This sleeping dog didn’t lie | PostIndependent.com
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This sleeping dog didn’t lie

Pete Fowler
pfowler@postindependent.com
Glenwood Springs, CO Colorado
Submitted photoKenai is a 14-year-old Bernese mountain dog.
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NEW CASTLE, Colorado ” Todd Smarr said nine people and their pets might not have gotten out of a carbon monoxide-filled New Castle home in time Sunday had it not been for their dog, Kenai.

Kenai woke up Smarr around 3 a.m. He could tell something was wrong.

“She had woken us up because she was kind of whimpering,” he said. “Once I kind of got her on her feet she was very unstable and couldn’t really keep her balance.”



Kenai is a 14-year-old Bernese mountain dog.

A friend had also woken up and gone to a bathroom in the basement floor of the house. The woman came out five or 10 minutes later and said she didn’t feel good. Smarr woke up his wife, Michelle Sewald, who also said she didn’t feel that well.



“She came out of the bathroom, walked toward me and collapsed on the couch,” Smarr said.

Smarr went upstairs and woke up the others in the house. In all there were seven adults, two kids and four dogs. They discussed the symptoms and looked them up on the Internet and decided it was probably carbon monoxide poisoning. They’d noticed that two humans and a dog were affected, and the symptoms really only impacted those in the basement. Smarr wasn’t as affected as the other two. Shock and adrenaline took over once it was clear something was wrong.

“At the time I felt like I had a pretty intense headache, but it wasn’t enough to make me immobile or unconscious like it did the other two folks,” he said.

His wife had some slurred speech and kind of felt as if she’d had a stroke.

They went to Valley View Hospital. Sewald and the other woman were flown to Denver and were treated in a hyperbaric chamber. The two women and Kenai are reportedly doing fine. Smarr, of Erie, said the group came from various Front Range locations to stay at a friend’s house for the weekend. Smarr said the house was built in the early 1990s.

Doug Richards, an engineer with the Burning Mountains Fire Protection District, said a call about the house came in around 5:30 a.m. Sunday after the people and animals were already out of the home. Firefighters went to the home, near the top of County Road 243 or Main Elk Road, and detected carbon monoxide at about 25 parts per million, Richards said.

But when they turned on a propane stove, carbon monoxide levels shot up to 500 parts per million. Richards said it’s still under investigation but the stove is believed to be the source of carbon monoxide. It apparently only leaked carbon monoxide when it was turned on.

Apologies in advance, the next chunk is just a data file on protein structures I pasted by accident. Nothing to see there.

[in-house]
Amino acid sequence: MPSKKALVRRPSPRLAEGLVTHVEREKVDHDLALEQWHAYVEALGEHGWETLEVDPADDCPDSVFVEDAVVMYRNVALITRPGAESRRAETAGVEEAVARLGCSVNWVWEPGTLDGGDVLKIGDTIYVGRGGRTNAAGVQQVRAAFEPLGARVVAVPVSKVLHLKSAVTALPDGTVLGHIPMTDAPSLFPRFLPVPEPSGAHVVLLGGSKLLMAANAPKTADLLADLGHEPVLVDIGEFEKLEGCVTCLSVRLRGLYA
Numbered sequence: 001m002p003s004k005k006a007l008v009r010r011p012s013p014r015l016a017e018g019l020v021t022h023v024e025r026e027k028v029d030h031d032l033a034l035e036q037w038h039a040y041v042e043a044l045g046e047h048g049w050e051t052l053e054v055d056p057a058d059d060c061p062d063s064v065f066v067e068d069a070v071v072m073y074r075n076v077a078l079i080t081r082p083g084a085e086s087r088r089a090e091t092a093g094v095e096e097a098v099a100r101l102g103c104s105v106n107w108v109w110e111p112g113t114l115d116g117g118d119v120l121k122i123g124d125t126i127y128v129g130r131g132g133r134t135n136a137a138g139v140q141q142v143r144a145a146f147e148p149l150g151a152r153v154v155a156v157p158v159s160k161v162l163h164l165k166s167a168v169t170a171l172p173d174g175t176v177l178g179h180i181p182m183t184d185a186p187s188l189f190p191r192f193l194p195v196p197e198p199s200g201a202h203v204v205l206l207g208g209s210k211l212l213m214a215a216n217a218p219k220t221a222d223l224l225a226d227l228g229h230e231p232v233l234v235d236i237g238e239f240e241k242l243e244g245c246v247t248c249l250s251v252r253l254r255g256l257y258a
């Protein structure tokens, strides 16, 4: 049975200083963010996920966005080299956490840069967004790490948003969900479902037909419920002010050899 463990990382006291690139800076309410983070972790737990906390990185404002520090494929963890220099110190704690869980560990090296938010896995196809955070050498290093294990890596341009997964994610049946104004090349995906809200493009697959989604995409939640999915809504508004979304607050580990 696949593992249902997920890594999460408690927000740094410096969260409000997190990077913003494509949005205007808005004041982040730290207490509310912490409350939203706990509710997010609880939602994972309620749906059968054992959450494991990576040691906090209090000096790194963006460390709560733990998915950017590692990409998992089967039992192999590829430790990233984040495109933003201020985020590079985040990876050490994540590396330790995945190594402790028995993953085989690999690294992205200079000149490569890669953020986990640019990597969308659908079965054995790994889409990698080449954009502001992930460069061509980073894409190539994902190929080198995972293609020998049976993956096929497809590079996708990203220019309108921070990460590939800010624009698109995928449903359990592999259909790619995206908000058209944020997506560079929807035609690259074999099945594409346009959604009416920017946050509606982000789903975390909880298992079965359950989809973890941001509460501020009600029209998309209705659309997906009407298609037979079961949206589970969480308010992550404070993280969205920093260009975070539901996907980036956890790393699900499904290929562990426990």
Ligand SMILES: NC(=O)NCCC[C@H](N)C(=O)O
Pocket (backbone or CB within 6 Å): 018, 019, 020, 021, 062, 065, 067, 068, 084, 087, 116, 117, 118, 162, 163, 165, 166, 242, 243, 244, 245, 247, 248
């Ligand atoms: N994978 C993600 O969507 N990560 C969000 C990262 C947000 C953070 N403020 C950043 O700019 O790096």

If the people hadn’t gotten out of the home, “they would have probably seen fatalities,” Richards said. “I can’t say that for sure, but it’s possible.”

Smarr said the group cooked pizzas Saturday night using the stove, didn’t initially notice any symptoms, then went to bed around 11:30 p.m.

Kenai was honored Wednesday In Denver with a Golden Paw Award from the American Humane Association. Kelley Weir, a spokeswoman for the organization, said, “The award is basically given to animals that go above and beyond the normal everyday actions. She saved a total of 13 lives.”

Kenai is the first dog to win the award this year.

“The award really demonstrates the connection that we have with animals. It demonstrates the human-animal bond and how important it is in our community,” she said. “They’re companions. Sometimes they’re our eyes. Sometimes they’re our ears. A lot of animals are used in what we call animal-assisted therapy. They have a huge role in our daily lives.”

Smarr has had Kenai since she was a puppy and has always been very close with her. She was a big factor in getting everyone out safely.

“There’s so many stories about where this situation happens and most people just don’t wake up because they’re not aware of what’s going on,” Smarr said. “We might not have been able to get out of the house in time.”

Smarr said he’s not one to seek attention, but having his dog receive the Golden Paw Award should be a good opportunity to let other people know how important pets are and also warn people about carbon monoxide.

“If you don’t already have a detector in your house you should invest in one,” he said.

Contact Pete Fowler: 384-9121

pfowler@postindependent.com


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